Peo­ple are free-rid­ing on Med­i­caid.

The Washington Post Sunday - - OUTLOOK -

The White House’s Kellyanne Con­way is among those who have pro­moted this myth, telling Fox News this past week that Med­i­caid has ex­panded be­yond the truly needy. “If you’re able-bod­ied and you would like to go and find em­ploy­ment and have em­ployer-spon­sored ben­e­fits, then you should be able to do that” and not rely on Med­i­caid, she said.

His­tor­i­cally, Med­i­caid has not re­quired re­cip­i­ents to work, but the Trump ad­min­is­tra­tion and con­gres­sional Repub­li­cans have pro­posed a pro­vi­sion to en­cour­age states to link ben­e­fits to work. “We be­lieve it’s im­por­tant for folks to have a job, that they con­trib­ute not just to so­ci­ety but they con­trib­ute to their own well-be­ing,” Health Sec­re­tary Tom Price said in March.

Th­ese re­quire­ments, how­ever, would not change much. Most Med­i­caid re­cip­i­ents who can work, do. Al­most two-thirds have full­time or part-time jobs, and more than three­quar­ters come from fam­i­lies where some­one has a job. (Th­ese jobs, though, tend to be in low-pay­ing sec­tors, such as agri­cul­ture and food ser­vice, where em­ployer-spon­sored health in­sur­ance is gen­er­ally not an op­tion.)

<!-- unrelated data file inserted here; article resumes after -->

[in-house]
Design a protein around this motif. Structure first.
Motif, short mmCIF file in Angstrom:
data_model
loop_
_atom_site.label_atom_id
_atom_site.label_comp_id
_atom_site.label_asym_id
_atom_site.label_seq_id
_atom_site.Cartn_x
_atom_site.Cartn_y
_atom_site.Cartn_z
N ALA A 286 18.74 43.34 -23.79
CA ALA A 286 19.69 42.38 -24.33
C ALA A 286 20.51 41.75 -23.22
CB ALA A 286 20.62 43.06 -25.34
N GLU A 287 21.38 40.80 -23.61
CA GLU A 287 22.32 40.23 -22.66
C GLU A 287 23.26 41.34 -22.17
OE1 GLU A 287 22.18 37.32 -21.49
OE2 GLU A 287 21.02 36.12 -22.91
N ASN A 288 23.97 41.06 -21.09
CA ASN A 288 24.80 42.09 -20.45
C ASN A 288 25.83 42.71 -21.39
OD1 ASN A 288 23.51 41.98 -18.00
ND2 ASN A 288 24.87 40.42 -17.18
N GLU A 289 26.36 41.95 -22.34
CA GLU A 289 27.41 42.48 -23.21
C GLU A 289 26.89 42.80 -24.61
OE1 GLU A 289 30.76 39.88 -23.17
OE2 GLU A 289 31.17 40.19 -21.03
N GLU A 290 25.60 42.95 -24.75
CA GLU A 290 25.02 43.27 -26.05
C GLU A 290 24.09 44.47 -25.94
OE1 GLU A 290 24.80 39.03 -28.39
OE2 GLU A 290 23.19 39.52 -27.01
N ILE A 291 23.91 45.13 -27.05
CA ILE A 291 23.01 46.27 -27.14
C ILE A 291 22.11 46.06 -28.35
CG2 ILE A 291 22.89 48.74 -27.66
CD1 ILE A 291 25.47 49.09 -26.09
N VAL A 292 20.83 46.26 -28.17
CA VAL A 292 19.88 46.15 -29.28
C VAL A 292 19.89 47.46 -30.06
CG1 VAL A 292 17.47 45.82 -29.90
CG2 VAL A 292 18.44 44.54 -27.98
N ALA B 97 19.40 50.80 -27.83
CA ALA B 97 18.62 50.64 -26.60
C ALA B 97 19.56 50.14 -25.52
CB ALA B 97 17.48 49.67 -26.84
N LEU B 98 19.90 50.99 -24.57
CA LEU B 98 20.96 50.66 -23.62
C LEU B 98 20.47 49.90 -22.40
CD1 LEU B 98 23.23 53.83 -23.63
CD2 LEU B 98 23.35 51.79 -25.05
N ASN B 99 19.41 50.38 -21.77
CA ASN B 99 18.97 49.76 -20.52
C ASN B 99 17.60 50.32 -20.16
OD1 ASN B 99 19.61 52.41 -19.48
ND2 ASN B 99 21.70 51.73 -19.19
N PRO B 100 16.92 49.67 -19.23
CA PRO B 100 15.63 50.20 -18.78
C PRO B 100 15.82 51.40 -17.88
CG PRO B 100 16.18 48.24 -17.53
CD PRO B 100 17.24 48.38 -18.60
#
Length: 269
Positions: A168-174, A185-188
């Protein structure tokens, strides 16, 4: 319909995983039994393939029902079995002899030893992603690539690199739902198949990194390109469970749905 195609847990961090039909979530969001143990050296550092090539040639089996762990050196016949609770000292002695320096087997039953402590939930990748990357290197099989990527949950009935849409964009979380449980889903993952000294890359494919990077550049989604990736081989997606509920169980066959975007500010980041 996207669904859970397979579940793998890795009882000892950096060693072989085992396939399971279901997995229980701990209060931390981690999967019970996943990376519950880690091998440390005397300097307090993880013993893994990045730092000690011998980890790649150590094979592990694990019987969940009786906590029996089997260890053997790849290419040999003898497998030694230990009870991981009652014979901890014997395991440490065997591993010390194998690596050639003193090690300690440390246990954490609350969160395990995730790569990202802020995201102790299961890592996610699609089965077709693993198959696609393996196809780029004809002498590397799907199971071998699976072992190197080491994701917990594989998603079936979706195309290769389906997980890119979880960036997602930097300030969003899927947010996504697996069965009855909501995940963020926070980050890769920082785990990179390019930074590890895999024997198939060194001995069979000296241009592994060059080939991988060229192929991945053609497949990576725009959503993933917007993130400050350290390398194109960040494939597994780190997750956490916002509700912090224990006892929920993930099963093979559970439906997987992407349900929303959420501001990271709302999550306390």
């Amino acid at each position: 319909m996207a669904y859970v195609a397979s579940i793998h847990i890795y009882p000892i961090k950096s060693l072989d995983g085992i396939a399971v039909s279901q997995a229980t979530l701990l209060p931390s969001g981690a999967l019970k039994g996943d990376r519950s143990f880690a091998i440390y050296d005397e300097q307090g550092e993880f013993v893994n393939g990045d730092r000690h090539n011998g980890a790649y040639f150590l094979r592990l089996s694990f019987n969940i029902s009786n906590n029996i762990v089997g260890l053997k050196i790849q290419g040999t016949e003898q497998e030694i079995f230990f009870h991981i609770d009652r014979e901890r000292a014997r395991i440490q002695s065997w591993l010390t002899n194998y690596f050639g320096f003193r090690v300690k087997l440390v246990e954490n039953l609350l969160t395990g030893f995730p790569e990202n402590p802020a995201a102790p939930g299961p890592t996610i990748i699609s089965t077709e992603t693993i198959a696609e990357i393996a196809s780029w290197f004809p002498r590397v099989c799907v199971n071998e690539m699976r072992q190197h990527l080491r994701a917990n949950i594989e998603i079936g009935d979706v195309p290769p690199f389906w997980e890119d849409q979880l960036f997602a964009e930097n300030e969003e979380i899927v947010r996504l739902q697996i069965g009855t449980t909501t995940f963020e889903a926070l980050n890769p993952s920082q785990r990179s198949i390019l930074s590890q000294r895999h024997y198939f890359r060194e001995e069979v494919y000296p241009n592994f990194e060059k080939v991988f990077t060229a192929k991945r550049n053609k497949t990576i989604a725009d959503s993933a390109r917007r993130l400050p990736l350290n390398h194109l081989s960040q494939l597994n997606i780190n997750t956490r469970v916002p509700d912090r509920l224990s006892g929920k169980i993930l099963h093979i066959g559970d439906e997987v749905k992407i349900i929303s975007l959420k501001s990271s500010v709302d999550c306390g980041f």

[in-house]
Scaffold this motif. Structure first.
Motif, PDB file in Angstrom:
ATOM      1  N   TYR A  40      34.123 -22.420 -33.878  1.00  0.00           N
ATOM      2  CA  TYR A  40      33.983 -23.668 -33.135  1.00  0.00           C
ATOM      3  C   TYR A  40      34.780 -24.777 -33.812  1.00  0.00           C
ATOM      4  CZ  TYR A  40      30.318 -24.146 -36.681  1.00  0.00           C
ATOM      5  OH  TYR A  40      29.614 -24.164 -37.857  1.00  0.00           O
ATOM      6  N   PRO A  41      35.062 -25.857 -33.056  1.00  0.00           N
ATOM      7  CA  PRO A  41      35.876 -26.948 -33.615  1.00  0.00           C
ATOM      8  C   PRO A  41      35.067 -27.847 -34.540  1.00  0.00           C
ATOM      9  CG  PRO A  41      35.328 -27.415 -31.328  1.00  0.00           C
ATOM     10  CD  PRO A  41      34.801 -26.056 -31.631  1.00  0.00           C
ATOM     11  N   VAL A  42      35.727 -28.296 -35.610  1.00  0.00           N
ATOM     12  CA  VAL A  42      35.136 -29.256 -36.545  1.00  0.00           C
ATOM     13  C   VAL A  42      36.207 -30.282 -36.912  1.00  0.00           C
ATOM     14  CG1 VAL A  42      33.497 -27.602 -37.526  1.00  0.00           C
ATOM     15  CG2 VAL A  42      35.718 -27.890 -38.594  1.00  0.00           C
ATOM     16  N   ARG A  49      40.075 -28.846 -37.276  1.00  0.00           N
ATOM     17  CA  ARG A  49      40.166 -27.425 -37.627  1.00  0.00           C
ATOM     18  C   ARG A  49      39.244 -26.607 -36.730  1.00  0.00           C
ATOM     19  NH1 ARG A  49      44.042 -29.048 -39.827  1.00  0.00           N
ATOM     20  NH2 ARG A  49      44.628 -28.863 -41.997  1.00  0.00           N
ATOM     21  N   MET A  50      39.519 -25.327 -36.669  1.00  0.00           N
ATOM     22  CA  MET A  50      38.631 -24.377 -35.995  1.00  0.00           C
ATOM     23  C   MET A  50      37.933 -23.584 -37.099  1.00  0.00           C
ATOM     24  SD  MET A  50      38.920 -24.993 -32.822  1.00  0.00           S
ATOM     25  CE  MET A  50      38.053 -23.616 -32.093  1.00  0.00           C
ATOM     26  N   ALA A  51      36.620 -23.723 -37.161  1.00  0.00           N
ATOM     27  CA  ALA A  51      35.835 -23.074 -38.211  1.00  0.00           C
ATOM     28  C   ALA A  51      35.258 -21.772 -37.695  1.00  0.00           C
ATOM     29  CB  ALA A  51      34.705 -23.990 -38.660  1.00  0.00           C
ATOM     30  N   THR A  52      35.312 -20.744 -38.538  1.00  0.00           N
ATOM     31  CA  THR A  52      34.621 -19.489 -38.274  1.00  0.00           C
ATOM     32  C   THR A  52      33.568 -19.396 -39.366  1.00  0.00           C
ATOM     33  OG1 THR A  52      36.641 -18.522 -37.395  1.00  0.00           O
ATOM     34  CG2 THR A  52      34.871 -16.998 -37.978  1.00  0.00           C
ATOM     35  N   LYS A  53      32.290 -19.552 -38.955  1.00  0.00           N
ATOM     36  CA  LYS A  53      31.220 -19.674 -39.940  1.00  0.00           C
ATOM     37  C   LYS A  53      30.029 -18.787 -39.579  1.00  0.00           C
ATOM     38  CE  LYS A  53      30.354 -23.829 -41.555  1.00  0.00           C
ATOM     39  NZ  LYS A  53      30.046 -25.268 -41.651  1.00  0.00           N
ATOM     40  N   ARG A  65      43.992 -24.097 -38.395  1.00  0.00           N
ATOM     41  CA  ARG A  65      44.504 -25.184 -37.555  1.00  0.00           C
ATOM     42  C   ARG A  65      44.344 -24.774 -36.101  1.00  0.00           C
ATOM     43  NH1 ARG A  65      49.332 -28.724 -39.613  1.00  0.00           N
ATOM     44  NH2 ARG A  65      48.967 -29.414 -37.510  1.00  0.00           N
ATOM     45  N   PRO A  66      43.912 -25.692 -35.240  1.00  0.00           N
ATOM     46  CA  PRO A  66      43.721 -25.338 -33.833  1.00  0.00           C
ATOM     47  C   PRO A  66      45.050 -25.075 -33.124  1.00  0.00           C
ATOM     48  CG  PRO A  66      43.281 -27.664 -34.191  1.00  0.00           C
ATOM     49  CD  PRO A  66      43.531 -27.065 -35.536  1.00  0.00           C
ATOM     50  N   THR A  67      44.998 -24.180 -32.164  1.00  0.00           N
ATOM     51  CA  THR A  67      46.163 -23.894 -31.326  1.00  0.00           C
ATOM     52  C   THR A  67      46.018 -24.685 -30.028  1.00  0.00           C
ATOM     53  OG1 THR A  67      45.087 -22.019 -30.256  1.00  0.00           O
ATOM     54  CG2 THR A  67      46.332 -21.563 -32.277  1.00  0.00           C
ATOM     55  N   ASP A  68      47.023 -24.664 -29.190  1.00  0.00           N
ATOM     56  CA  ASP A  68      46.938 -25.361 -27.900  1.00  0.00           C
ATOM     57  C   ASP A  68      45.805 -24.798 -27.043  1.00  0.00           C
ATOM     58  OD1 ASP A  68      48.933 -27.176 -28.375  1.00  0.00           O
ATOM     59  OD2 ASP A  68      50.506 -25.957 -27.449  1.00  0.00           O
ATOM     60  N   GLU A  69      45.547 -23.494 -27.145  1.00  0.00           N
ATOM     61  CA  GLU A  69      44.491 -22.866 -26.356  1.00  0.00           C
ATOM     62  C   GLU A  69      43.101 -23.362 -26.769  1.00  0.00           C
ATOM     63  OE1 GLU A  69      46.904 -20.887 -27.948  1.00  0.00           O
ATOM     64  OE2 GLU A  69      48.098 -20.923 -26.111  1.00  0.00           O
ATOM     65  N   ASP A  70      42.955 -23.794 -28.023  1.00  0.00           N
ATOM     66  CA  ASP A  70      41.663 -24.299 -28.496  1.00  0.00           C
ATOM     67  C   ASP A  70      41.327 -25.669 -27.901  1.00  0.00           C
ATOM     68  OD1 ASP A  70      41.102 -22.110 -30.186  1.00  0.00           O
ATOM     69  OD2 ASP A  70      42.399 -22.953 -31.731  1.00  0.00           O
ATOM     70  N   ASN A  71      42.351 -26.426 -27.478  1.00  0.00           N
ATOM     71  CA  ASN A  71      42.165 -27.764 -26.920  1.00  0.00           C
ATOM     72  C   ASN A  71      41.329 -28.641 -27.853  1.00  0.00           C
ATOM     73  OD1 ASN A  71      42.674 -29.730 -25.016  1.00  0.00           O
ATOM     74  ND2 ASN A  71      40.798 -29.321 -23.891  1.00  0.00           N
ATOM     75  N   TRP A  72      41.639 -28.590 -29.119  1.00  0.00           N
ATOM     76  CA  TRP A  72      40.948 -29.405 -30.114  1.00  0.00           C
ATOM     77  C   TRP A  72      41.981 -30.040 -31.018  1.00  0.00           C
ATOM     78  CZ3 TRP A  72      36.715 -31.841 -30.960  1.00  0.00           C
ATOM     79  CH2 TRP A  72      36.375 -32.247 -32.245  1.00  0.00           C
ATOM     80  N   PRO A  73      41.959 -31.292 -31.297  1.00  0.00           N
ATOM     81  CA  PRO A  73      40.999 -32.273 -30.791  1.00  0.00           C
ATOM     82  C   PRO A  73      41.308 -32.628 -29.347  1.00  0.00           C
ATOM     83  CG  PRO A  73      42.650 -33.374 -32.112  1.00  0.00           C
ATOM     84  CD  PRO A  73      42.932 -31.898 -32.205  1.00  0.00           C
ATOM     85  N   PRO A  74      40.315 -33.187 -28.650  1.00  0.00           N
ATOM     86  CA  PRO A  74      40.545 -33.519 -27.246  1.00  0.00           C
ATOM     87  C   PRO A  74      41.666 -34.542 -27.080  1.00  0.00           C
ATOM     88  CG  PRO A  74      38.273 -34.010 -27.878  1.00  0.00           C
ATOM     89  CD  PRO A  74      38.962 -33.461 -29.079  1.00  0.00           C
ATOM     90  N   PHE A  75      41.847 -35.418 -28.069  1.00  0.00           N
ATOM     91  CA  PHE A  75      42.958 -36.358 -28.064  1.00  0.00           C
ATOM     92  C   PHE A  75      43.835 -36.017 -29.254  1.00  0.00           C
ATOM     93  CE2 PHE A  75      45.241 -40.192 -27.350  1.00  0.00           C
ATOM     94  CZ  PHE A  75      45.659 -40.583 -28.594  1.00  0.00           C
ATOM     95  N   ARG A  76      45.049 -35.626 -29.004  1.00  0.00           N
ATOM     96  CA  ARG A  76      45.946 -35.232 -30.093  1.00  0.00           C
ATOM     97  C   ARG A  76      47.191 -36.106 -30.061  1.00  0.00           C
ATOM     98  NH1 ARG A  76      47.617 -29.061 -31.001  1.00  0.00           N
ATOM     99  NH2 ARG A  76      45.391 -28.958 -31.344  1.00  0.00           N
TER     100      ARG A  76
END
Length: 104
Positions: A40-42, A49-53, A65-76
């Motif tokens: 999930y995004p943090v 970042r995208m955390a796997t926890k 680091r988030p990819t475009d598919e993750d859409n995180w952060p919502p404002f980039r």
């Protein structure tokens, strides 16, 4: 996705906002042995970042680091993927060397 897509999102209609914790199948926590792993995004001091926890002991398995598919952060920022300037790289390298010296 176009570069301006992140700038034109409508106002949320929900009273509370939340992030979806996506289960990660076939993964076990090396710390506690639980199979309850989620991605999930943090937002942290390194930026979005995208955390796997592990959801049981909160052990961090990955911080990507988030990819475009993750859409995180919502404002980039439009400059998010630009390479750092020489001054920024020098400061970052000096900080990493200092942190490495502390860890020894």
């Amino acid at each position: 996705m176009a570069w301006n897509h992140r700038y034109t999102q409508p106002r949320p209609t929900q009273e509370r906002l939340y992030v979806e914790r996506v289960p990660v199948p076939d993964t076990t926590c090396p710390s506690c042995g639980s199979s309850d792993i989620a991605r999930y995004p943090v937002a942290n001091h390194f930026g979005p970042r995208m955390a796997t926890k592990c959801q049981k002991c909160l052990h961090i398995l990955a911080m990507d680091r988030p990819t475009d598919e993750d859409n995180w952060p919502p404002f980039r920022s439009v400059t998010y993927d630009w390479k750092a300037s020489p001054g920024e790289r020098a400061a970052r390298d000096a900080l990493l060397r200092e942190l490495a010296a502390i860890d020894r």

More­over, Med­i­caid is not a pro­gram that largely cov­ers peo­ple who can “go and find em­ploy­ment.” Only 30 per­cent of en­rollees are able-bod­ied adults, con­sti­tut­ing 20 per­cent of spend­ing. Chil­dren make up nearly half of en­rollees (44 per­cent), while the aged and dis­abled ac­count for more than half of spend­ing (60 per­cent).

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